Eisenberg and Hathaway return to reprise their roles as the lovable Blu and Jewel and, although their shared chemistry can still be felt throughout, it seems that their second outing is not as charming as their first. Clement is hilarious as the grouchy Nigel, while all of the supporting characters, excluding Chenoweth’s hysterical performance as Gabi – a poisonous frog hopelessly in love with Nigel – aren’t given much of the spotlight, apart from indulging in a few impromptu sing-offs, including yet another cringe worthy rendition of Gloria Gaynor’s I Will Survive.
Just like the original, Rio 2 dazzles with its vibrant and bubbly tone; the opening scenes of the New Year’s Eve celebration on the bustling streets of Rio Di Janeiro are breathtaking and Saldanha, succeeds in adapting the alluring and captivating magic of Brazil.
The story, unfortunately, is not as engaging the second time around and Saldanha seems to have sent the story on a downward spiral the minute he decided to step out of Rio and move his flock of birds into the back woods of the Amazon rainforest.
There are still plenty of thrills and spills, but had it not been for the infectious Brazilian music and a handful of interesting characters, this would have been a complete washout.
Working from the sprawling pages of Mark Helprin's highly-complex 1983 novel, Akiva Goldsman's first directorial effort, Winter’s Tale, seems to have spread itself a little too thin, making this overly-sentimental and the highly-incomprehensible, modern-day-fantasy world, a little hard to get stuck into.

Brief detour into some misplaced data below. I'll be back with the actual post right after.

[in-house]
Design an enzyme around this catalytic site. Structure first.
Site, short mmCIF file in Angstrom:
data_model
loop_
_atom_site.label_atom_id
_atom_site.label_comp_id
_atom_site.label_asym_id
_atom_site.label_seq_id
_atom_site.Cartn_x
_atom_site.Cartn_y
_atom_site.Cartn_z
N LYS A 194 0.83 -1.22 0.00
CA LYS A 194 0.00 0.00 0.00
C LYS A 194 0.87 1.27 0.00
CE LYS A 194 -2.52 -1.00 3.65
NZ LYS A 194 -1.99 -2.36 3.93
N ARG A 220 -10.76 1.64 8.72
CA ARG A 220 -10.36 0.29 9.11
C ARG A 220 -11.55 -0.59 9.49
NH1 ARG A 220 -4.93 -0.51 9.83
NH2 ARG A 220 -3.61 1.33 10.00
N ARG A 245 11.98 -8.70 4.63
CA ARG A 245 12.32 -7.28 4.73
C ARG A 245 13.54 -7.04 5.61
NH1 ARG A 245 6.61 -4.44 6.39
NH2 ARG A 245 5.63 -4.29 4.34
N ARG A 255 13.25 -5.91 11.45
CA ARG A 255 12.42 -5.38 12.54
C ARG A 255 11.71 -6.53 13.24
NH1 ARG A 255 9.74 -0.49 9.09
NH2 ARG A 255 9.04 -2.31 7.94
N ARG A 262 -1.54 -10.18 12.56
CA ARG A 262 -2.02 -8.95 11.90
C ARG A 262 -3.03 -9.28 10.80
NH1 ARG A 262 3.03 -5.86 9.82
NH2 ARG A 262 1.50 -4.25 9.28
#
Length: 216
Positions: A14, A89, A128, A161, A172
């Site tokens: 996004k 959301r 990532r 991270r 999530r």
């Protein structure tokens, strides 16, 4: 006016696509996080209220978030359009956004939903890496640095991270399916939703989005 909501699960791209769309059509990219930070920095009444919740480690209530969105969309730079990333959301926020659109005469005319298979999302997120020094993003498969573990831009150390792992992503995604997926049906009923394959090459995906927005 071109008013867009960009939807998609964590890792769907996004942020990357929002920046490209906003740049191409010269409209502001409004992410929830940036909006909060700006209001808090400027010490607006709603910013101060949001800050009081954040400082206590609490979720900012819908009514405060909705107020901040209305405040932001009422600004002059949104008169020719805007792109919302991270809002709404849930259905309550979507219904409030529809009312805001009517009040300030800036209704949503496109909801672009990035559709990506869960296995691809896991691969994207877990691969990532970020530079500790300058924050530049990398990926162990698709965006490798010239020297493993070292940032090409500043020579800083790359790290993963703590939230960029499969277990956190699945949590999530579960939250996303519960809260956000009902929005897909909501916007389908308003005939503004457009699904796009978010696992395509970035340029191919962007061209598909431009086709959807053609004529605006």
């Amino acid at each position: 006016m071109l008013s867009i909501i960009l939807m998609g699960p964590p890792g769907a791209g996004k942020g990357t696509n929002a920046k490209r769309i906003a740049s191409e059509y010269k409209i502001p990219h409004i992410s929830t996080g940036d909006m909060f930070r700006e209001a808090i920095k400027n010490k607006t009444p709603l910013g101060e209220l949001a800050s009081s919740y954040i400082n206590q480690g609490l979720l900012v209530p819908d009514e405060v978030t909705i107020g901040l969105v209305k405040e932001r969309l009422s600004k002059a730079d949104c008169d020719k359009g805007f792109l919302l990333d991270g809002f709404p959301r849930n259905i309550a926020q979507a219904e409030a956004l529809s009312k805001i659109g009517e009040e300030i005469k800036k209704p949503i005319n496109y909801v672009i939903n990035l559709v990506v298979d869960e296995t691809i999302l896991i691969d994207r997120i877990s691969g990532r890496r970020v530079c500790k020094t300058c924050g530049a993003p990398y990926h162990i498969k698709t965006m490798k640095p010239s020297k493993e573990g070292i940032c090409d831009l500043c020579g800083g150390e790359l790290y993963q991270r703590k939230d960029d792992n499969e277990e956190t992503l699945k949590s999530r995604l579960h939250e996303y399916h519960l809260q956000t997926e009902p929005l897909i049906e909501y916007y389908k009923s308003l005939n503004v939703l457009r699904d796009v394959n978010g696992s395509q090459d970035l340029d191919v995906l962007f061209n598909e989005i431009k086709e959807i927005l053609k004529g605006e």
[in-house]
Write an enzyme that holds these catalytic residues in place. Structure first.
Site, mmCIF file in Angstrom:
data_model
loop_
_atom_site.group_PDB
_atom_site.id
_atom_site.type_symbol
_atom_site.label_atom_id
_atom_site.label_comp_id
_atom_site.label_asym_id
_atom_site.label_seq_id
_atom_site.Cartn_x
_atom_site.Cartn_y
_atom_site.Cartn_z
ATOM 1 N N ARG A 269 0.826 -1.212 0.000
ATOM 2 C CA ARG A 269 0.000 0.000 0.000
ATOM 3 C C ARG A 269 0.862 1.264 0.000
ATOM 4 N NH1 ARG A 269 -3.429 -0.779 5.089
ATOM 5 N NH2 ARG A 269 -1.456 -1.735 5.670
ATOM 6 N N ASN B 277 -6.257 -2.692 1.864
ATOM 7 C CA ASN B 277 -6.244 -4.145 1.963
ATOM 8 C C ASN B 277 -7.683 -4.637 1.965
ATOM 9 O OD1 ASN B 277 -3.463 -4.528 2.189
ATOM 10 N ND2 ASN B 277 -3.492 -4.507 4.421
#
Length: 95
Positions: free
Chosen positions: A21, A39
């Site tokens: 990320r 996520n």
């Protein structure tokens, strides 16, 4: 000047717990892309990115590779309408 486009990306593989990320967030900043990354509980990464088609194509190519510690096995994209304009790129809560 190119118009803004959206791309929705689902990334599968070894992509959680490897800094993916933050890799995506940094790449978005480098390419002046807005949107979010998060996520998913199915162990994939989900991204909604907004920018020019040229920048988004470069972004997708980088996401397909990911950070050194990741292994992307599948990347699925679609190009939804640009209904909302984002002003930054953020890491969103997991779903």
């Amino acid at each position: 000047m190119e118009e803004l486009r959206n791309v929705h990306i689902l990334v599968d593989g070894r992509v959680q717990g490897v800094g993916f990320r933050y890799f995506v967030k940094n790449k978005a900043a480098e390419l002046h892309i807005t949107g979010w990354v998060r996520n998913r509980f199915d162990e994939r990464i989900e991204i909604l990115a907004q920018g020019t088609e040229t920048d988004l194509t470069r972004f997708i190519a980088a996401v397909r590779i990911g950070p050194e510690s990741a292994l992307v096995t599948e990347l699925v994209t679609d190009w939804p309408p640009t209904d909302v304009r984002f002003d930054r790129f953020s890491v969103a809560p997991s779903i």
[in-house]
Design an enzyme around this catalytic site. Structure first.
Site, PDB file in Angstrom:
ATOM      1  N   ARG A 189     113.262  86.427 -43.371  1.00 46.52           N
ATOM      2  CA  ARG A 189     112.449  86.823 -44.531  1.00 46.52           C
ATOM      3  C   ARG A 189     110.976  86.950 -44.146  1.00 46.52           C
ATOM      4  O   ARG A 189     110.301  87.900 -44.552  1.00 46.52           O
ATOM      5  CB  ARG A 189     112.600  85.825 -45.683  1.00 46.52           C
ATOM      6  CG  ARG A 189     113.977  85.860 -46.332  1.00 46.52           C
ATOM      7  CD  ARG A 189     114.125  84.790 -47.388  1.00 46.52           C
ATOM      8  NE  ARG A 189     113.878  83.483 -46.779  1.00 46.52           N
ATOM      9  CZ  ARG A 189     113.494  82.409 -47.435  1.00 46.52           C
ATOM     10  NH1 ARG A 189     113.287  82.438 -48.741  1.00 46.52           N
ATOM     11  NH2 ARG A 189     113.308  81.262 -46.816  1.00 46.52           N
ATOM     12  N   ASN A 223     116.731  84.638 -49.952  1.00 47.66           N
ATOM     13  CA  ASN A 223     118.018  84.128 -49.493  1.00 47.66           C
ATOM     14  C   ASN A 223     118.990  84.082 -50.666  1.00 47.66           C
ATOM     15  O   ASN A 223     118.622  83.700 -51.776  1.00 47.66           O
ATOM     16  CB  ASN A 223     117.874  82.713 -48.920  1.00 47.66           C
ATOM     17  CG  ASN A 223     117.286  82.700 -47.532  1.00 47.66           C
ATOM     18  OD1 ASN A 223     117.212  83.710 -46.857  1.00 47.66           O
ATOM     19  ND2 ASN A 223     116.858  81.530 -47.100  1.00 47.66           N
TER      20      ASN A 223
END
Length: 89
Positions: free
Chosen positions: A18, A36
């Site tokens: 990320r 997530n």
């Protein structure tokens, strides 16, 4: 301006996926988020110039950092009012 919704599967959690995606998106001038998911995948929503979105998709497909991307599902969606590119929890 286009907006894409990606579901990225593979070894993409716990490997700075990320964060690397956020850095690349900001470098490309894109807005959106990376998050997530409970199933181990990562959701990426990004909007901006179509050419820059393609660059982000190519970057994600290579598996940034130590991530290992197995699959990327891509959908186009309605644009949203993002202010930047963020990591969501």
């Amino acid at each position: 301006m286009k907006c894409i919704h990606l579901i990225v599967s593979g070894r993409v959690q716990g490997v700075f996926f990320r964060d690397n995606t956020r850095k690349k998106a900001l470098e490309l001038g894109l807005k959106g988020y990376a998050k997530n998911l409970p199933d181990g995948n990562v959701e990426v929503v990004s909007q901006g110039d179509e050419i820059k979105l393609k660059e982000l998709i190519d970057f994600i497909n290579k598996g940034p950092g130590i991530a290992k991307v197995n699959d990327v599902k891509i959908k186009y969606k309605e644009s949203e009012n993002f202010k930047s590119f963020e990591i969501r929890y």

Set in the early 20th Century, the story follows Peter Lake (Farrell); a highly-skilled, New York burglar who has been working for evil crime lord, Pearly Soames (Crowe), for as long as he can remember. Growing tired of Soames, Peter decides that it's time to cut loose and with the assistance from a mysterious flying white horse that comes out of nowhere – whom Peter ingeniously names 'Horse' – he manages to escape from his now seething boss.
However, before he leaves the island of Manhattan for good, Peter decides to rob one more mansion. However, during the robbery, Peter is intercepted by the beautiful owner Beverly Penn (Findlay) who, instead of calling for help, offers her intruder a friendly cup of tea.
Peter is immediately smitten, but soon learns that Beverly is dying and only has a few months to live; unable to turn his back on her, Peter follows his heart and pursues the relationship. Meanwhile, Pearly Soames is becoming seemingly obsessed with killing Peter, and turns to the master of evil, in the form of the highly-comical interpretation of Lucifer (Smith), for assistance.
Managing to express just enough sincere emotion to make you believe, Farrell is rather pleasing in the role of Peter. Unfortunately, the chemistry shared with Findlay, best-known for her role in the popular TV series Downton Abbey, unfortunately comes across as superficial and extremely forced. Similarly, Crowe, equipped with a highly-distracting Irish accent and bizarre facial tics, is alarmingly inconceivable as the menacing villain.
Book adaptations are generally hit or miss, and the challenges of capturing the same magic, imagination and literary complexity are aplenty, often demanding the filmmakers to find a middle ground to please fans of the book and mainstream Hollywood audiences alike.
In the case of Goldsman's interpretation of Winter's Tale, the result is a clear miss. Though this is his first directorial role, Goldsman is no stranger to Hollywood; as a scriptwriter, he boasts writing credits on a host of films including Cinderella Man, I, Robot and A Beautiful Mind.
Unfortunately, this undertaking is rushed and at times nonsensical leaving the six-hundred-plus page novel terribly lost in translation.